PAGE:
Like many things, the 网投网站信誉排行榜枫项目 began as the seed of an idea (pardon the pun!) and a conversation last fall between me, School Chaplain Rev. Judy Steers, and our Outdoor Education teacher Mr. Ryan Pasquin. We started in earnest in late February with learning, planning, discussing, and acquiring equipment to prepare for tapping days in early March.
Many grades across the School have participated in this live learning environment. The Grade 6s – our project managers – have engaged in a wide spectrum of transdisciplinary learning in maple-syrup-related communication, art, science, math, climate and weather, and more. The Grade 5s have enjoyed a number of hands-on lessons in tree identification, tapping, and daily collection. As well, Grade 9 Geography had a tour of the ‘sugar bush’ led by a group of Grade 6 students, and Grade 11 Biology has expanded their unit on plant biology and improved their knowledge of xylem, phloem, and plant anatomy/function in this live lab. In addition, everyone has enjoyed samples of various concentrations as we have boiled down the sap to syrup. We have also learned more about Indigenous teachings and stories, seen traditional practices, and learned about technological innovations in maple production. Overall, we have gained a greater understanding of our connection to the land and our sense of place.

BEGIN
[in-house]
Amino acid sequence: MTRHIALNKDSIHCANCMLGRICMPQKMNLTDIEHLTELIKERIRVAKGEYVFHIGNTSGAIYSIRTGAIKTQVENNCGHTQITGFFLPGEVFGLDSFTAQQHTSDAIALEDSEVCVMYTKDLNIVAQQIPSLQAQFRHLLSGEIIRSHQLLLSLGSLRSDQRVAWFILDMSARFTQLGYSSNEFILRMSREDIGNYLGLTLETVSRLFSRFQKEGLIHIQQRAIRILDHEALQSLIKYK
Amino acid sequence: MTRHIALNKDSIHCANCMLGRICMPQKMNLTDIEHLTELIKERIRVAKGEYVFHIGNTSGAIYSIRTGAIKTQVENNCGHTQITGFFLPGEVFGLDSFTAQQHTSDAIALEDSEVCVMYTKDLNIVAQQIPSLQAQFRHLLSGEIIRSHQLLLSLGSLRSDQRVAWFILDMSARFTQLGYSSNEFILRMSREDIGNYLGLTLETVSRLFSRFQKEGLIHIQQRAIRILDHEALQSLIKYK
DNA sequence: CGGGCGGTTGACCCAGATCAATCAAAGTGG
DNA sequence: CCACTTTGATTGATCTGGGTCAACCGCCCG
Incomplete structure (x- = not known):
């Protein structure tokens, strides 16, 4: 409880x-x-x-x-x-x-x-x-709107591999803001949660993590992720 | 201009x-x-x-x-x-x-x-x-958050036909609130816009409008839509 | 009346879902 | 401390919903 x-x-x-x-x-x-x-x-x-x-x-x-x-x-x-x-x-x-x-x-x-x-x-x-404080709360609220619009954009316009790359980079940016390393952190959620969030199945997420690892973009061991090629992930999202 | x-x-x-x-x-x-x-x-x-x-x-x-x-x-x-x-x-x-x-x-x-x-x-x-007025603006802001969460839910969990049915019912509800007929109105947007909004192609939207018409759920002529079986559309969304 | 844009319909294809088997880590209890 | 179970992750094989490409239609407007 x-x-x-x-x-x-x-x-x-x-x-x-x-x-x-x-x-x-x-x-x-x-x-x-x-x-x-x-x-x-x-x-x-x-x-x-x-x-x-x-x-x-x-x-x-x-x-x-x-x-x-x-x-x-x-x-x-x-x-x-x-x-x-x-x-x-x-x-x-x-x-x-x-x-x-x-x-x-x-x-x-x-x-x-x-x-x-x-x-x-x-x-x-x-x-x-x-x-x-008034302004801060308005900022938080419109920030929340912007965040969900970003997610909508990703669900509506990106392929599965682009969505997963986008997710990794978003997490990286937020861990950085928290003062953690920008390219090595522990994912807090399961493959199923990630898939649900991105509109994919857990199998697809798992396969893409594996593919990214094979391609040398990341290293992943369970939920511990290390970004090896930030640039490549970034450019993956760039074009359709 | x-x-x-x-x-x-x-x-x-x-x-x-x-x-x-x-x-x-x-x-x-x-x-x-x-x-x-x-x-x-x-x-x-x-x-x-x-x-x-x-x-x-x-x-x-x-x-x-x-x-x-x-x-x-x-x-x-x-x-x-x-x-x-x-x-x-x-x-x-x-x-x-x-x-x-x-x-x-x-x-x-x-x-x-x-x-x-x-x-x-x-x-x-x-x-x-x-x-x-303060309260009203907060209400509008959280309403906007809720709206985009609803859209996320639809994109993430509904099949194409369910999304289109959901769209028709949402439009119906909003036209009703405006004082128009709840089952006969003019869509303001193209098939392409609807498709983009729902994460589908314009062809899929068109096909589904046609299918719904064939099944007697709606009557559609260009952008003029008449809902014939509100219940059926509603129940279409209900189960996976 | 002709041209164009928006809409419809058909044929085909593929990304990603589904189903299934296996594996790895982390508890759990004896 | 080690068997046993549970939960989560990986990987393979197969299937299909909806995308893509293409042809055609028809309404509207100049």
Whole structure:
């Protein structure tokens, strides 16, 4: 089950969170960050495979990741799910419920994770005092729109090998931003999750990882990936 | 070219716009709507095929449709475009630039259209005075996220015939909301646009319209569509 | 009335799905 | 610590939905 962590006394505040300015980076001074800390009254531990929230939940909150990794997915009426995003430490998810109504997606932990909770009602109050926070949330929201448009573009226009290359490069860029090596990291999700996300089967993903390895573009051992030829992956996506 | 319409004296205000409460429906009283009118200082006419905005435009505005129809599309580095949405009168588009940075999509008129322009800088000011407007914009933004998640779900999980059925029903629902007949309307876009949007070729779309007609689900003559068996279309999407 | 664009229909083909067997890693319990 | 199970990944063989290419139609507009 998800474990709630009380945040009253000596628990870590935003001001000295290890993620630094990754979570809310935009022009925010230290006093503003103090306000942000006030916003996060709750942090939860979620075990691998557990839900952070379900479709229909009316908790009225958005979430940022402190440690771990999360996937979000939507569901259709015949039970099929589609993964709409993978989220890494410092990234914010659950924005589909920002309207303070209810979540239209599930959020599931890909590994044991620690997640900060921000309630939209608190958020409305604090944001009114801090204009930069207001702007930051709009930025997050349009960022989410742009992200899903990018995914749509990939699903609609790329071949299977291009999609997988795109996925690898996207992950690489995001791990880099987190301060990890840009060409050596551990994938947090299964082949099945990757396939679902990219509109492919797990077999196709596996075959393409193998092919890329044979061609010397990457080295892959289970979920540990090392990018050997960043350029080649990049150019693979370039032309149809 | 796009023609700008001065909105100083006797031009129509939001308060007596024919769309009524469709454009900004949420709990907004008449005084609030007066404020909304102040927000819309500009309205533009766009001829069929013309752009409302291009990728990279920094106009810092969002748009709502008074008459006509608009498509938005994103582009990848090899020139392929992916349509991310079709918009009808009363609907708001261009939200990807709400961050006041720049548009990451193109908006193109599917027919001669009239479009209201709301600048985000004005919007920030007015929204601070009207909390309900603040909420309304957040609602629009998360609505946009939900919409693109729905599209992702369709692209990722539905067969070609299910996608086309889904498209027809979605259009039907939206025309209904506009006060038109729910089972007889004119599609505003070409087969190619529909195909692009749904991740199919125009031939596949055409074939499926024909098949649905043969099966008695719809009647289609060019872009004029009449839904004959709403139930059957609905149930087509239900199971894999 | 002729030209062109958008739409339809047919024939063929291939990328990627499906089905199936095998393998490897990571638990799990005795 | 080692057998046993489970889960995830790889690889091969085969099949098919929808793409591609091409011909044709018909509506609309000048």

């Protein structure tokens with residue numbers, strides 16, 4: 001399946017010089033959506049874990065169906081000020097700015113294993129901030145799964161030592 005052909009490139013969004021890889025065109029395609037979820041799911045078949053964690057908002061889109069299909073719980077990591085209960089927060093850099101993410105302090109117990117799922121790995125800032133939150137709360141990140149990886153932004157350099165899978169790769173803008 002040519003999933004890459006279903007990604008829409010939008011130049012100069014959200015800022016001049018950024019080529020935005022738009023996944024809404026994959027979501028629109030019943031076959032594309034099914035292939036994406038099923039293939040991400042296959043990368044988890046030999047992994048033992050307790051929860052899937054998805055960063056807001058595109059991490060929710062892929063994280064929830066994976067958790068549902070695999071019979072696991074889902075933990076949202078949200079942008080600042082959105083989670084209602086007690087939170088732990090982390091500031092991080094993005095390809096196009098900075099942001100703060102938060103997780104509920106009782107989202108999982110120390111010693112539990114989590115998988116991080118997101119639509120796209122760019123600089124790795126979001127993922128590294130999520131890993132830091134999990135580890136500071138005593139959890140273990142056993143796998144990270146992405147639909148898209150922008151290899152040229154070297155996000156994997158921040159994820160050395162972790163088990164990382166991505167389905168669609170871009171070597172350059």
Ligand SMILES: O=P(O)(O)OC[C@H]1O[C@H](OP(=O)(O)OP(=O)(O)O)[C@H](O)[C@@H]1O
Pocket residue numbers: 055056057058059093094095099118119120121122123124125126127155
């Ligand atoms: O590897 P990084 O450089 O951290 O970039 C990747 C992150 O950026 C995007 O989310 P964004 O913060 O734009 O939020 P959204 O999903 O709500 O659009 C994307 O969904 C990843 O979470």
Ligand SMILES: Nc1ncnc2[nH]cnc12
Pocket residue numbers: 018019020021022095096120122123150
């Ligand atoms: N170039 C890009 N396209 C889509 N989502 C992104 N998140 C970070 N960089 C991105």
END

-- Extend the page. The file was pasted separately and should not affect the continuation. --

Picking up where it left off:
March Break saw many families come to participate in collecting sap, learning about the trees and project, and helping with the boil. Some made candy and enjoyed fresh pancakes with hot syrup right out of the pan.
How much have we collected? Over 200 litres! At the time of writing this article, our trees are still going strong and we are out collecting sap daily. We’ve produced over a gallon of syrup so far with more to come.
It’s been a very successful first year and we are looking forward to growing the project in the future.